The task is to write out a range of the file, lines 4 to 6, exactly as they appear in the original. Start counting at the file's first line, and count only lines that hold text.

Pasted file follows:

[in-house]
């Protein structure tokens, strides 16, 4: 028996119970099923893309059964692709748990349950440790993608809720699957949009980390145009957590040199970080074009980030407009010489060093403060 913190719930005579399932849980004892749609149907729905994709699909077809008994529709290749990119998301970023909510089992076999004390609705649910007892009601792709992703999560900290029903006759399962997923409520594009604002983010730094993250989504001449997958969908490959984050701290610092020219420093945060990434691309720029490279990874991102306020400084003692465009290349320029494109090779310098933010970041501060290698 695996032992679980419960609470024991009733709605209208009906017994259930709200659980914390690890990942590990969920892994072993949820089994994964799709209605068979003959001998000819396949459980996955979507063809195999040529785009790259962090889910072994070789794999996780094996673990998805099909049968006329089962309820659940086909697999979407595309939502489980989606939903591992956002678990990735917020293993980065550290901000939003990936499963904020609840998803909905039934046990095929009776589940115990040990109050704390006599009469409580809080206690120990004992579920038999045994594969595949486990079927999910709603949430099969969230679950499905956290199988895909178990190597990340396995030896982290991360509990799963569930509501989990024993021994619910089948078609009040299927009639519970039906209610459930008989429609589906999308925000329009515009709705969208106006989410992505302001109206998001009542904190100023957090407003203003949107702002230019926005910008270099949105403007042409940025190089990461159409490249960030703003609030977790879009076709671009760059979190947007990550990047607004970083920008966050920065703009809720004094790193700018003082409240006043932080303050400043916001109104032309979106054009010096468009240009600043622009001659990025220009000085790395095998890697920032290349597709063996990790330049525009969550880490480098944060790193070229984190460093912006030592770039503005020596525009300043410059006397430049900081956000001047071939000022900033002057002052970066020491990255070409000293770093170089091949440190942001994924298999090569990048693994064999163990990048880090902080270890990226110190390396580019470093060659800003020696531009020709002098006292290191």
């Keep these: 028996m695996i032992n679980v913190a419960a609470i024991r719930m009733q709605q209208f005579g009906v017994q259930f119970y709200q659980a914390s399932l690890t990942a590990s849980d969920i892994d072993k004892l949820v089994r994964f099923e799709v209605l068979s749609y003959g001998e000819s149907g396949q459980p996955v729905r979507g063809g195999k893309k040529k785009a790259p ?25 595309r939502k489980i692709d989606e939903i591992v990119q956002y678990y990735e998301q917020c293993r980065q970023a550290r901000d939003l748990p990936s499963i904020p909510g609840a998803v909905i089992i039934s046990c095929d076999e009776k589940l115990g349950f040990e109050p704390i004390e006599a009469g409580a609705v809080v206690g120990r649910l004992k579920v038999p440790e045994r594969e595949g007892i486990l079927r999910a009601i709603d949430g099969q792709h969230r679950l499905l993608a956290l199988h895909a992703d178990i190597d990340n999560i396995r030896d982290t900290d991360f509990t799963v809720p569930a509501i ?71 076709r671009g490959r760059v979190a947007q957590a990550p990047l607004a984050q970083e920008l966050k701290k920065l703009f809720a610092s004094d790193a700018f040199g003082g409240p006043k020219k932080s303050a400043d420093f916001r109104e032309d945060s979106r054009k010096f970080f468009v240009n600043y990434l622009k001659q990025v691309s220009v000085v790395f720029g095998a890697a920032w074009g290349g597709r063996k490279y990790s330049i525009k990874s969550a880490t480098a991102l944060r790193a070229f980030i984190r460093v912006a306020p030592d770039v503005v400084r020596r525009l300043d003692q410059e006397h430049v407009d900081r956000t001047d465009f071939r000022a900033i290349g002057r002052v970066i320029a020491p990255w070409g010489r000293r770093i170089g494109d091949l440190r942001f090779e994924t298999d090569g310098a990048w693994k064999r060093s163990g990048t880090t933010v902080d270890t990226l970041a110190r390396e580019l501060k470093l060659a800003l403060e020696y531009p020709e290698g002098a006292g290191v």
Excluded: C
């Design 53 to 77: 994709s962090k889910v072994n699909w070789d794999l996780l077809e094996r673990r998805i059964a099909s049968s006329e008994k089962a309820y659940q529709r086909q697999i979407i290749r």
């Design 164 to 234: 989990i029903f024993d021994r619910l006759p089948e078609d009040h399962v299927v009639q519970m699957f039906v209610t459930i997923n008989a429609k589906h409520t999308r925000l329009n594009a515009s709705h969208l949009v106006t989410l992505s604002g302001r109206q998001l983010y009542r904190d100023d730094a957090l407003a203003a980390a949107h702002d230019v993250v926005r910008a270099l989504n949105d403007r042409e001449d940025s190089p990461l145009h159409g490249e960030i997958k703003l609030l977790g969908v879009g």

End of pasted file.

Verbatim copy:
Excluded: C
């Design 53 to 77: 994709s962090k889910v072994n699909w070789d794999l996780l077809e094996r673990r998805i059964a099909s049968s006329e008994k089962a309820y659940q529709r086909q697999i979407i290749r």
């Design 164 to 234: 989990i029903f024993d021994r619910l006759p089948e078609d009040h399962v299927v009639q519970m699957f039906v209610t459930i997923n008989a429609k589906h409520t999308r925000l329009n594009a515009s709705h969208l949009v106006t989410l992505s604002g302001r109206q998001l983010y009542r904190d100023d730094a957090l407003a203003a980390a949107h702002d230019v993250v926005r910008a270099l989504n949105d403007r042409e001449d940025s190089p990461l145009h159409g490249e960030i997958k703003l609030l977790g969908v879009g």